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Chevy Trucks: Rear DJM Suspension Drop

Where we left off.

After getting Jonny’s truck squared away mechanically, I started driving it to run errands and do chores. After all, he still owed money on it, and we had agreed that he couldn’t start driving it until it was paid-in-full.

Then I blew up the rear-end. No, not the way you think. No giant smoky burnouts and fractured spider gears. That would’ve at least been a good story. Nope, it ate a pinion bearing/race. Fortunately, it would still move but it was very noisy. Especially on coast.

After all the other repairs and checking we did, we’d just assumed that the differential was full of gear lube. Or any lube for that matter. As it was, the pinion seal on the factory rear end leaked horribly. When we got the truck, it was already dry and probably had been for a long time. Lesson learned on long-stored vehicles. If it’s not leaking, it’s probably empty.

We found a direct match differential from a truck that a friend had acquired to part out. It was decent timing because we were also ready to lower the truck and take it to the next stage of Jonny’s plan.

We found a direct match differential from a truck that a friend had acquired to part out. It was decent timing because we were also ready to lower the truck and take it to the next stage of Jonny’s plan.

We used a DJM Lowering Kit that included everything that we needed to flip the rear axle from below the springs to above. This change, in conjunction with a lowering block incorporated into the housing mounts drops the rear 6” from stock. This change necessitates a C-notch in the rear frame rails above the housing. These are also included in the kit.

This kit also includes a pair of dropped spindles for the front and a set of lowering coil springs for the front. We also opted to use the DJM Calmax Lowering Shocks all the way around. The reduced travel and compressed length make them the perfect solution for drastically modified ride height trucks.

During the operation, we also cleaned up and painted parts that were making their way back onto the truck in an effort to tidy up at least the areas we worked on. The first order of business was the “new” differential. It’s a good thing Jonny worked at a car wash. Those tokens came in handy.

After he had it mostly de-greased, he went to work on it with a wire cup on an angle grinder to strip all the rust and scale from drum to drum. The housing was then painted charcoal grey and received a chrome cover. While we had the cover off, we discovered a nice surprise. His truck had originally been equipped with a 3.08 gear ratio open diff. The replacement was equipped with 3.42 gears. Still a one wheel wonder but with a bit more low-end grunt. This would prove to be very bad for the health of one of my 275/60 tires that had been loaned for the project.

After we had the new rear all ready to go, we jacked the whole truck up as high as we could get it. Which, laughably, was not much higher than the stock ride height.

Taking the old rear end out was pretty straightforward. Since it rides below the springs, you just cut the u-bolts, driveshaft and brake attachments loose and you could just roll it out the back. Well, you could’ve, had we not put jack stands directly in the way. So once we had it dropped, we had to drag it out from the side. Then we dropped the front of the leaf springs to allow access to the top side of the springs where the new rear would mount. (Please note: We did this because the entire rear end was being replaced. For your project, you will likely take the approach of supporting the housing and removing the springs to relocate them under the housing.)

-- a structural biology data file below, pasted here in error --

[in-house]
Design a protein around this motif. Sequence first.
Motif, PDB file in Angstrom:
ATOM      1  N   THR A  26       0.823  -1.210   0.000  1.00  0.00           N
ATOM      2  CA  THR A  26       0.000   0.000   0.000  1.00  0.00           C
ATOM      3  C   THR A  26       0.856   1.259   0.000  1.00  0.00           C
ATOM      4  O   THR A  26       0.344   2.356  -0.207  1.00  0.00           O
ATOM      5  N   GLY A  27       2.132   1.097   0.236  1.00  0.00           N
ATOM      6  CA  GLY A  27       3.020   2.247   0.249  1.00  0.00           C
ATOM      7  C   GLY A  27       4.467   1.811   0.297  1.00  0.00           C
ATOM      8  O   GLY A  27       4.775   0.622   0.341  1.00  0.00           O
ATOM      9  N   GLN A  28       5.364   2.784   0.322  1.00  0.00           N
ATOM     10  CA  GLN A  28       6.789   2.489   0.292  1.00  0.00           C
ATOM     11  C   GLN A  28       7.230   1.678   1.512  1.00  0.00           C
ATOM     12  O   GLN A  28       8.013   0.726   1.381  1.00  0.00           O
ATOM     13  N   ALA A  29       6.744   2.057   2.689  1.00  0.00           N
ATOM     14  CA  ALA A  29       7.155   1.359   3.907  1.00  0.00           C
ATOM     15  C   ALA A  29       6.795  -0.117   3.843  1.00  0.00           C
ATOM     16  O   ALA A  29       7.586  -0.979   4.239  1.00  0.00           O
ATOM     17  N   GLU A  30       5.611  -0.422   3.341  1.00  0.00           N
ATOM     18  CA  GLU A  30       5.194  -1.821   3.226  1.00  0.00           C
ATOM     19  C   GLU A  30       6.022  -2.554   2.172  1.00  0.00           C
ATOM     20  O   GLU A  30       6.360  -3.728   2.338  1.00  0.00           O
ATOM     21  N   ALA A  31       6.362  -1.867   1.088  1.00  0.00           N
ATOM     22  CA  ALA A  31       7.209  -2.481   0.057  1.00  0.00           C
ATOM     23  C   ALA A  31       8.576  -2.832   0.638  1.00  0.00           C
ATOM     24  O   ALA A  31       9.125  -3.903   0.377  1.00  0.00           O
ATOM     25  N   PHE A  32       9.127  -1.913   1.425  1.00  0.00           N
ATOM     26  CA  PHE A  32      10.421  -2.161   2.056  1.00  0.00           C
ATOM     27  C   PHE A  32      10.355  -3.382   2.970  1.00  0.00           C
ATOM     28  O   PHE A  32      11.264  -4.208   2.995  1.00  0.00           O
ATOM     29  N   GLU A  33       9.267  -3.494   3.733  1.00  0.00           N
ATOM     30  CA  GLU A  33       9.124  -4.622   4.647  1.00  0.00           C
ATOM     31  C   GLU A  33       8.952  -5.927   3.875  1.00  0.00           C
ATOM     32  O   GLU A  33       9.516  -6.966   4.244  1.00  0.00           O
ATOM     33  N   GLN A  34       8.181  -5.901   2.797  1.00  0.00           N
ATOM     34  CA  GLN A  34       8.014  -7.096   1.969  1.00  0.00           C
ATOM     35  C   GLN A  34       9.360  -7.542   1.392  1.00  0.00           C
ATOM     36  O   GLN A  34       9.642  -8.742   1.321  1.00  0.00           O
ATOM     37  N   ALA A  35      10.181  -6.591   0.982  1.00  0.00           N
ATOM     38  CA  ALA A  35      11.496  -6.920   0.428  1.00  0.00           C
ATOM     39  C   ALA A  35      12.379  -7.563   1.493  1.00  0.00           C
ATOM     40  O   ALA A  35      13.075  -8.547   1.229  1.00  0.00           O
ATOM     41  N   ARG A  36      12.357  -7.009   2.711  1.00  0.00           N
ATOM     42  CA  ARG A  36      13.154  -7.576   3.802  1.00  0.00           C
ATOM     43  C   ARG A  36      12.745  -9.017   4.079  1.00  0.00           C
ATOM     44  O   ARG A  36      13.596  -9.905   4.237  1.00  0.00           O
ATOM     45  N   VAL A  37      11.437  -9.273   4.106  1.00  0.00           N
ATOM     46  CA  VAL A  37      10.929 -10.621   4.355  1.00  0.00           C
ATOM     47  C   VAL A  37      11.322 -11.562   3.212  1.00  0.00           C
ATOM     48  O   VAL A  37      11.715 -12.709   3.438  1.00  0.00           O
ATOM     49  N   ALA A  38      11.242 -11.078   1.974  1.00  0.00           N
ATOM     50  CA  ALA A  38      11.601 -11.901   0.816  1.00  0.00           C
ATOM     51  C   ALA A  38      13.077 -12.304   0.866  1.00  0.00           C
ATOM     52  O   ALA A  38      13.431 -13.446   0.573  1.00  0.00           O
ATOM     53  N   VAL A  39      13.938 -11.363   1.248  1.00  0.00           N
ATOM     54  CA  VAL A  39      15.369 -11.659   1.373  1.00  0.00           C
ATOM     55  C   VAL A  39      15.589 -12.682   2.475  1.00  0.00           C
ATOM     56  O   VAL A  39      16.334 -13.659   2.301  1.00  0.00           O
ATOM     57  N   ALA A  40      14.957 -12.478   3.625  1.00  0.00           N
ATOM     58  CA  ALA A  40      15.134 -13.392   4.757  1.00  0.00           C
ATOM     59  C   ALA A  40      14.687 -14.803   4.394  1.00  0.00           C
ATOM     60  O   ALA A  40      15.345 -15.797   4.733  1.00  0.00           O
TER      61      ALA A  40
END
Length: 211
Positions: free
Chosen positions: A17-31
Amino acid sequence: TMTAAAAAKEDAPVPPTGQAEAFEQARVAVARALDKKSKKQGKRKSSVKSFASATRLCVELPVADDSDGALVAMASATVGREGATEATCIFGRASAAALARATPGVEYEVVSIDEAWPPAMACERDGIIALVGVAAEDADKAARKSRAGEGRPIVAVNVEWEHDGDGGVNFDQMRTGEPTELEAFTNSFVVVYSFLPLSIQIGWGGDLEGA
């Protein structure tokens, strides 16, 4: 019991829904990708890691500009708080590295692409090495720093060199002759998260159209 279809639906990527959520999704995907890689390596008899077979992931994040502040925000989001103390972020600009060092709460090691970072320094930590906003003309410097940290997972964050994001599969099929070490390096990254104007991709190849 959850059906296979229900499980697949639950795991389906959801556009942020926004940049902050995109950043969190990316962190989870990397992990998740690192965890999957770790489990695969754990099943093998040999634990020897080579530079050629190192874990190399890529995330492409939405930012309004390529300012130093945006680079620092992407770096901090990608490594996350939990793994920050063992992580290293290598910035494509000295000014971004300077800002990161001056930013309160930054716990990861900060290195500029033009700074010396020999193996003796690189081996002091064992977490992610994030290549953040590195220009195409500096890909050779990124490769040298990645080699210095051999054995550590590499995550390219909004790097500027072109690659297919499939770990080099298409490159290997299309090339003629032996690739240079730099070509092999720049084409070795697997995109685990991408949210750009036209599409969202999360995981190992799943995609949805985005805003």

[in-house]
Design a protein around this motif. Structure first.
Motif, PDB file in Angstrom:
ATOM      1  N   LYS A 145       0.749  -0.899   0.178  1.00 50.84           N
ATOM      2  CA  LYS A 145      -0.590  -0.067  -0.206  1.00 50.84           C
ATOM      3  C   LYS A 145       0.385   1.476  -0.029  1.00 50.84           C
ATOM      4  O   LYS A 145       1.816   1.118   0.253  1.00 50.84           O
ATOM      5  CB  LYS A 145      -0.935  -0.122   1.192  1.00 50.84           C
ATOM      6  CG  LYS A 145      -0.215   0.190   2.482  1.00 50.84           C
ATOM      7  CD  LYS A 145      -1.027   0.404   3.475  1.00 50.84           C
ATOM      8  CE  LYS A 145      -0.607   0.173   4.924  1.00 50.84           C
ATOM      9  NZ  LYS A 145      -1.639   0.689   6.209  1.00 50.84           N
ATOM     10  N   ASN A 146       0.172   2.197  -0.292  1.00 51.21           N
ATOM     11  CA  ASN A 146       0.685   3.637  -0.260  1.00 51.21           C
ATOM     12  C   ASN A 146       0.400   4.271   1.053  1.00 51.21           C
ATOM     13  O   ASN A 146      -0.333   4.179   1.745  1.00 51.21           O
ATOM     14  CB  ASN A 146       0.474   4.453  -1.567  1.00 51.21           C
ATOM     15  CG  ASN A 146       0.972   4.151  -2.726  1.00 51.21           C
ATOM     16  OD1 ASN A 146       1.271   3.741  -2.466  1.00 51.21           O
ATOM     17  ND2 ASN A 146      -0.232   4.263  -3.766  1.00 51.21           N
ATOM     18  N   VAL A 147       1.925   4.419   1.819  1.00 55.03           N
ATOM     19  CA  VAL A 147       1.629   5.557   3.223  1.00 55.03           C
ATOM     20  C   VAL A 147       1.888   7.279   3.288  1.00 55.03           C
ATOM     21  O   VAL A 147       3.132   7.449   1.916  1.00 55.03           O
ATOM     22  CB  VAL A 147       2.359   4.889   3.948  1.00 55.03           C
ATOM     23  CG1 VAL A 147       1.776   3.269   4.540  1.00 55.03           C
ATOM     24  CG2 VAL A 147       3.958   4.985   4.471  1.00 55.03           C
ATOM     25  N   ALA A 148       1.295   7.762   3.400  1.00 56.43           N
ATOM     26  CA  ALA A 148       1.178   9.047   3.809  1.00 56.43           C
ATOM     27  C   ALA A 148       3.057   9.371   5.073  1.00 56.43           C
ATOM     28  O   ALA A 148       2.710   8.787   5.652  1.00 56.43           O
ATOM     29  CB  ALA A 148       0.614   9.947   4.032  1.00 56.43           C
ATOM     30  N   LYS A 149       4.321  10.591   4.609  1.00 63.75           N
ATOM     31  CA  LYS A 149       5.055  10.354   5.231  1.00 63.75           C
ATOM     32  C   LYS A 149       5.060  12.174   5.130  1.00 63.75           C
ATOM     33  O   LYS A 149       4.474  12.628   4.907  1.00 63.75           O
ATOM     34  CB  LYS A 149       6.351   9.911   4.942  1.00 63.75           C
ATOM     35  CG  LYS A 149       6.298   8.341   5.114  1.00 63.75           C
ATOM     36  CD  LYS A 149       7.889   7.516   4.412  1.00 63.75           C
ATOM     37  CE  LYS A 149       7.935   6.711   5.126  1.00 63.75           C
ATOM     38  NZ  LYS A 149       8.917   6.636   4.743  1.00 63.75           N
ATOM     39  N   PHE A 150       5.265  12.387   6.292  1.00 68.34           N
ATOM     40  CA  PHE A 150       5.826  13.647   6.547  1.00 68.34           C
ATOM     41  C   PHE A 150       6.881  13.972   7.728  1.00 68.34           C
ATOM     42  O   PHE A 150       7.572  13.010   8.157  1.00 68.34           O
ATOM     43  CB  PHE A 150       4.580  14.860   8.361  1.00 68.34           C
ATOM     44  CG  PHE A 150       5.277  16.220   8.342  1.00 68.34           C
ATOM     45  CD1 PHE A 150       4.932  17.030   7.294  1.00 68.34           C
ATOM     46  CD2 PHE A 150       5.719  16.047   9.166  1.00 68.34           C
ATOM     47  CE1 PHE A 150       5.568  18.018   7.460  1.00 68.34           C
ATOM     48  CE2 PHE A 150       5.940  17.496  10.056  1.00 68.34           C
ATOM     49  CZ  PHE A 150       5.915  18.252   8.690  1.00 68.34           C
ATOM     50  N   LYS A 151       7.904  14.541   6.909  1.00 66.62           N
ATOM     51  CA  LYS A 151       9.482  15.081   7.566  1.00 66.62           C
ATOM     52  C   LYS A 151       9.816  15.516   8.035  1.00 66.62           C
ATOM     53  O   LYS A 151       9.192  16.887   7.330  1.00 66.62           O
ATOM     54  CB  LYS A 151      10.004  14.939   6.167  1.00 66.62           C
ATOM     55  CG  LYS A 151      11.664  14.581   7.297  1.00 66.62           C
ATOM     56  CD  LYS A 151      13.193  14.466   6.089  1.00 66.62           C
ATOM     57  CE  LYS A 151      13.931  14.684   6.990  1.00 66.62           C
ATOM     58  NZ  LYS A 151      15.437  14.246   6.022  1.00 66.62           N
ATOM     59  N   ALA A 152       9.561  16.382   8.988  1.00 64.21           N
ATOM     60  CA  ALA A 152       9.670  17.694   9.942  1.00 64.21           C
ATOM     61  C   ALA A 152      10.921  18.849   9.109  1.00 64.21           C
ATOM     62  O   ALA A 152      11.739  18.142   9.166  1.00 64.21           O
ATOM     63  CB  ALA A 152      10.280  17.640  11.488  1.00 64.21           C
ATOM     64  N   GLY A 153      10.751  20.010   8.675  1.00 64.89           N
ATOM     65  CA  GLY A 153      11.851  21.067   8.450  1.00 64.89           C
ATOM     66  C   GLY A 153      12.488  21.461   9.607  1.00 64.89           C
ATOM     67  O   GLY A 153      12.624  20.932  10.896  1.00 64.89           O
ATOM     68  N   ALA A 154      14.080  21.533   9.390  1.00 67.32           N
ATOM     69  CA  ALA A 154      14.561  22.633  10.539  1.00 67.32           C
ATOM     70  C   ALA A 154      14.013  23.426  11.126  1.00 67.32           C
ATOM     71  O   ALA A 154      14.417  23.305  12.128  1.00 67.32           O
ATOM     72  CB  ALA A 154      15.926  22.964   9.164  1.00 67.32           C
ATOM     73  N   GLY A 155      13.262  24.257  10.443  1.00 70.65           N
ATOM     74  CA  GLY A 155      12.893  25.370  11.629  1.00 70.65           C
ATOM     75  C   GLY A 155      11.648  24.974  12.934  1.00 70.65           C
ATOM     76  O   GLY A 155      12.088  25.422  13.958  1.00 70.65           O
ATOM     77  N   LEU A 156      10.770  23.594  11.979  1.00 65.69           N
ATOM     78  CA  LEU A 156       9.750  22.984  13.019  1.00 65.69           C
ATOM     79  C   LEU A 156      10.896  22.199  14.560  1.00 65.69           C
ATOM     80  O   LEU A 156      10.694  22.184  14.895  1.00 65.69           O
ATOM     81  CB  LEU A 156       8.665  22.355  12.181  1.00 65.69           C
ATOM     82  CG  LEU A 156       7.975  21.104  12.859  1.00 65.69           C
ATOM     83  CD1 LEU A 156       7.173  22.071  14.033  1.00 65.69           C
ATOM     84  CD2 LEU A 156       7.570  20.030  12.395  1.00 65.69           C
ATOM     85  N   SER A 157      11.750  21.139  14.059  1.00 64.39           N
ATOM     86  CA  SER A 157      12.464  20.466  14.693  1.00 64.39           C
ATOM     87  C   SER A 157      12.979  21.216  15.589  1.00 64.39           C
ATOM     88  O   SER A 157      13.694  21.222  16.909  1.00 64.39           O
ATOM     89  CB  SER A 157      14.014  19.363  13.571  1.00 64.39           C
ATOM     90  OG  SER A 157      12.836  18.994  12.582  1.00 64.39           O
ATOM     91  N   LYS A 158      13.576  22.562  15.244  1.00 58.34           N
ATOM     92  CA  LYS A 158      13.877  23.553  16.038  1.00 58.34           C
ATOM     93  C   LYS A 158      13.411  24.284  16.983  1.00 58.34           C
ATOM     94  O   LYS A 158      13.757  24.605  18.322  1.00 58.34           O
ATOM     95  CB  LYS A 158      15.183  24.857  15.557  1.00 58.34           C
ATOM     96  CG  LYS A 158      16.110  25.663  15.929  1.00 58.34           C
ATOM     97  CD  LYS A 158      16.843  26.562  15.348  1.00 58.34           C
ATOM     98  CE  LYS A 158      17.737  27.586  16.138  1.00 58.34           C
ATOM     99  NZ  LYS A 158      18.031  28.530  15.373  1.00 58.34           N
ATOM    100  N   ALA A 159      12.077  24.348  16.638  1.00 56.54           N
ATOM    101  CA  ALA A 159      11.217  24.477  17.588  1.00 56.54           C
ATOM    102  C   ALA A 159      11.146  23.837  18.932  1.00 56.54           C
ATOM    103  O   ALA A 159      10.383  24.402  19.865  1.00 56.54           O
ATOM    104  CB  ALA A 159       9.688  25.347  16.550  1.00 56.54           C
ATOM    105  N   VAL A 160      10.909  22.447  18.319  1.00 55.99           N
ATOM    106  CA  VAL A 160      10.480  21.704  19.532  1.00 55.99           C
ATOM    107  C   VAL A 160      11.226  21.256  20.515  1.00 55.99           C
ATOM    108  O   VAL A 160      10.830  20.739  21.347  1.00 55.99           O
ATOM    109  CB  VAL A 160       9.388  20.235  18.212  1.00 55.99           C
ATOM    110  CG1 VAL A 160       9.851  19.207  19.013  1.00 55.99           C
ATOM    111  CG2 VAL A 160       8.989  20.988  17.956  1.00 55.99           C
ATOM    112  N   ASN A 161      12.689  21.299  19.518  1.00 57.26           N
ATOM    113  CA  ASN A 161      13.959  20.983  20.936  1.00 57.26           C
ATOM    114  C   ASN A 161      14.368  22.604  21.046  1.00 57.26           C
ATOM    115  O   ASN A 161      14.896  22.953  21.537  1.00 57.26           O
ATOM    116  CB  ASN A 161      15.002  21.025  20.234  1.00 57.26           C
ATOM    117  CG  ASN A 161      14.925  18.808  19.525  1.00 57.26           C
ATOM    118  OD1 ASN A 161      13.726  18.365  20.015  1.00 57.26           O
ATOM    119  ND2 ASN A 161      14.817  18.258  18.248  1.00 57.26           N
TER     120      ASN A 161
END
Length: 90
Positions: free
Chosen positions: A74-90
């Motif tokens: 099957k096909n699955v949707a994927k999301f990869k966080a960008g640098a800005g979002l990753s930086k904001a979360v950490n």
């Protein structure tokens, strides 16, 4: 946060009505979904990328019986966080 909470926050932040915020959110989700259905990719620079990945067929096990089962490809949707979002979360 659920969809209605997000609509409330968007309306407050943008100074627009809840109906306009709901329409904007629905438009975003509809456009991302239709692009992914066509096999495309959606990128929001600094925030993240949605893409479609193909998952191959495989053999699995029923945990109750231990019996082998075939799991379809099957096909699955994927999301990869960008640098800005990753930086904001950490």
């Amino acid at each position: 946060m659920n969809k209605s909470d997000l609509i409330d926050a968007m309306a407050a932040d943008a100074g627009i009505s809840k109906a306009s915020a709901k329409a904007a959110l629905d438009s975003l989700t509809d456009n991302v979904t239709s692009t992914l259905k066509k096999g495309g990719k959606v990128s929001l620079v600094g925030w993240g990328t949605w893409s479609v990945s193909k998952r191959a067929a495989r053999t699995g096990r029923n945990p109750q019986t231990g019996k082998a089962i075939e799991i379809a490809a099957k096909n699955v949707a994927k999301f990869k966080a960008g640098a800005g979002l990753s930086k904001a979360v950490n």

Again, we spent some extra time cleaning and painting.

Slightly less icky

We prepped the new housing and rolled it under the truck in front of the springs on Rolling Car Dollies. Once the housing was up on the cradles we loosely bolted the assembly together and raised the rearend and springs into position so they could be bolted back in. Only snug the rear end U-bolts enough to eliminate any gap between the components.

This is the point in the project where things deviate a bit from the typical bolt-in installation. The C-Notch supplied with this kit consists of a weldment with an arch and a reinforcement plate that bolts to the outside of the frame rail.


You need to raise the rear end to ride height and mark the center of the axle tube on the frame rail. Then mark and cut your frame. Don’t guess. The rear end moves rearward as the spring compresses. Also be sure that your truck it supported well in the front, middle and rear of the frame. Six jack stands, plus support under the center of the rear end. This helps reduce the possibility of any sag.

Once you’ve got the C-Notch completed according to the DJM instruction, you can reconnect all the brake lines and bleed the brakes. We replaced the wheel cylinders and rerouted the brake hose to add clearance to the box floor while we were there. Install the shocks, reconnect your driveshaft and bolt the wheels back on. Then use ramps under the rear tires to support the rear weight of the truck.

Once you have the rear completely reassembled, you need to adjust the pinion angle so the angle of your differential matches the angle of the transmission tail shaft. The mounts in this kit have this adjustability built-in. Once the angle is set, then tighten down all the u-bolts equally to securely fasten the housing to the springs.

In the next article we’ll compete the install with the front portion of the kit.

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